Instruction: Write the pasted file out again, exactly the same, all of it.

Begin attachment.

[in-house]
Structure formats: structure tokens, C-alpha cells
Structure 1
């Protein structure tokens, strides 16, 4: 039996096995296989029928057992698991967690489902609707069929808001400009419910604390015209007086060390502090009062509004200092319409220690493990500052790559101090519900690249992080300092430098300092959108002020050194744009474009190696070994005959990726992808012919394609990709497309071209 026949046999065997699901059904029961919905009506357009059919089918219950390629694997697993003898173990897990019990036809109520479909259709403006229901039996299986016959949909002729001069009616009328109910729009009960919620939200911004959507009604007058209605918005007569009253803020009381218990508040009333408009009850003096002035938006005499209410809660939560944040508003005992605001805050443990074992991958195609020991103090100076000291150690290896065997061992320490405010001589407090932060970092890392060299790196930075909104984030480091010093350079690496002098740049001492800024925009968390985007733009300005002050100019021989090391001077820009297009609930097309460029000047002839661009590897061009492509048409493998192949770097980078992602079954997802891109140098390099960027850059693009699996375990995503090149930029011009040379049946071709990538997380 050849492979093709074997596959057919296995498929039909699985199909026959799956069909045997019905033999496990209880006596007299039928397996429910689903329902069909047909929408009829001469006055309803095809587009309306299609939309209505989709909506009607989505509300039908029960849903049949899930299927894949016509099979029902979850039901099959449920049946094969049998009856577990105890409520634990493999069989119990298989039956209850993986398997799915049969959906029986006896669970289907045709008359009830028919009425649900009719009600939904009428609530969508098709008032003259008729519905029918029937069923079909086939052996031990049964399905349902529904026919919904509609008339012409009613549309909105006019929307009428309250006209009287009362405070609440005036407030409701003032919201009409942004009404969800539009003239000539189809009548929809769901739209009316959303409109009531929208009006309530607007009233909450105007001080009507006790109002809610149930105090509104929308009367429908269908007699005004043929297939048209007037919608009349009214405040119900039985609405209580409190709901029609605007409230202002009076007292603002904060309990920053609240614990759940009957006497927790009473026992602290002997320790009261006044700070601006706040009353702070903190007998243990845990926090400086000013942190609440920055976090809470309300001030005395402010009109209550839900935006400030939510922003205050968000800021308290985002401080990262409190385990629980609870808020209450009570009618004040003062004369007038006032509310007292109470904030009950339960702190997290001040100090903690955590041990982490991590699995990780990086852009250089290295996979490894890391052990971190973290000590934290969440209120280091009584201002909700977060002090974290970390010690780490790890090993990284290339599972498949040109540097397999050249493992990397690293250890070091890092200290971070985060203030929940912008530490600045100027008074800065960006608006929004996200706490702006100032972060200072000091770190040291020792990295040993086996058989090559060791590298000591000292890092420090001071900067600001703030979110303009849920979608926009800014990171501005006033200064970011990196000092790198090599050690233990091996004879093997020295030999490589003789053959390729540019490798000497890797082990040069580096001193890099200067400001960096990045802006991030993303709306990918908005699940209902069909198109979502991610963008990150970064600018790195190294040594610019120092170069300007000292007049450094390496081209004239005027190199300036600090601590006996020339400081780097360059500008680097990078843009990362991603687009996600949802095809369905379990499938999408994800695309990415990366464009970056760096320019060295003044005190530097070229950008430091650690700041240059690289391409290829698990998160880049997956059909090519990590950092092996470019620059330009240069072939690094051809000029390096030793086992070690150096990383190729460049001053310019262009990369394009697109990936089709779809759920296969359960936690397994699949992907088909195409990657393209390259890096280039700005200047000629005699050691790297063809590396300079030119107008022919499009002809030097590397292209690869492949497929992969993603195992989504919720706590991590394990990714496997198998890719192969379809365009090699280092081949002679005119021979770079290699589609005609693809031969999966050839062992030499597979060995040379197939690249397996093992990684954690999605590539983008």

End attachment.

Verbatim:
[in-house]
Structure formats: structure tokens, C-alpha cells
Structure 1
């Protein structure tokens, strides 16, 4: 039996096995296989029928057992698991967690489902609707069929808001400009419910604390015209007086060390502090009062509004200092319409220690493990500052790559101090519900690249992080300092430098300092959108002020050194744009474009190696070994005959990726992808012919394609990709497309071209 026949046999065997699901059904029961919905009506357009059919089918219950390629694997697993003898173990897990019990036809109520479909259709403006229901039996299986016959949909002729001069009616009328109910729009009960919620939200911004959507009604007058209605918005007569009253803020009381218990508040009333408009009850003096002035938006005499209410809660939560944040508003005992605001805050443990074992991958195609020991103090100076000291150690290896065997061992320490405010001589407090932060970092890392060299790196930075909104984030480091010093350079690496002098740049001492800024925009968390985007733009300005002050100019021989090391001077820009297009609930097309460029000047002839661009590897061009492509048409493998192949770097980078992602079954997802891109140098390099960027850059693009699996375990995503090149930029011009040379049946071709990538997380 050849492979093709074997596959057919296995498929039909699985199909026959799956069909045997019905033999496990209880006596007299039928397996429910689903329902069909047909929408009829001469006055309803095809587009309306299609939309209505989709909506009607989505509300039908029960849903049949899930299927894949016509099979029902979850039901099959449920049946094969049998009856577990105890409520634990493999069989119990298989039956209850993986398997799915049969959906029986006896669970289907045709008359009830028919009425649900009719009600939904009428609530969508098709008032003259008729519905029918029937069923079909086939052996031990049964399905349902529904026919919904509609008339012409009613549309909105006019929307009428309250006209009287009362405070609440005036407030409701003032919201009409942004009404969800539009003239000539189809009548929809769901739209009316959303409109009531929208009006309530607007009233909450105007001080009507006790109002809610149930105090509104929308009367429908269908007699005004043929297939048209007037919608009349009214405040119900039985609405209580409190709901029609605007409230202002009076007292603002904060309990920053609240614990759940009957006497927790009473026992602290002997320790009261006044700070601006706040009353702070903190007998243990845990926090400086000013942190609440920055976090809470309300001030005395402010009109209550839900935006400030939510922003205050968000800021308290985002401080990262409190385990629980609870808020209450009570009618004040003062004369007038006032509310007292109470904030009950339960702190997290001040100090903690955590041990982490991590699995990780990086852009250089290295996979490894890391052990971190973290000590934290969440209120280091009584201002909700977060002090974290970390010690780490790890090993990284290339599972498949040109540097397999050249493992990397690293250890070091890092200290971070985060203030929940912008530490600045100027008074800065960006608006929004996200706490702006100032972060200072000091770190040291020792990295040993086996058989090559060791590298000591000292890092420090001071900067600001703030979110303009849920979608926009800014990171501005006033200064970011990196000092790198090599050690233990091996004879093997020295030999490589003789053959390729540019490798000497890797082990040069580096001193890099200067400001960096990045802006991030993303709306990918908005699940209902069909198109979502991610963008990150970064600018790195190294040594610019120092170069300007000292007049450094390496081209004239005027190199300036600090601590006996020339400081780097360059500008680097990078843009990362991603687009996600949802095809369905379990499938999408994800695309990415990366464009970056760096320019060295003044005190530097070229950008430091650690700041240059690289391409290829698990998160880049997956059909090519990590950092092996470019620059330009240069072939690094051809000029390096030793086992070690150096990383190729460049001053310019262009990369394009697109990936089709779809759920296969359960936690397994699949992907088909195409990657393209390259890096280039700005200047000629005699050691790297063809590396300079030119107008022919499009002809030097590397292209690869492949497929992969993603195992989504919720706590991590394990990714496997198998890719192969379809365009090699280092081949002679005119021979770079290699589609005609693809031969999966050839062992030499597979060995040379197939690249397996093992990684954690999605590539983008």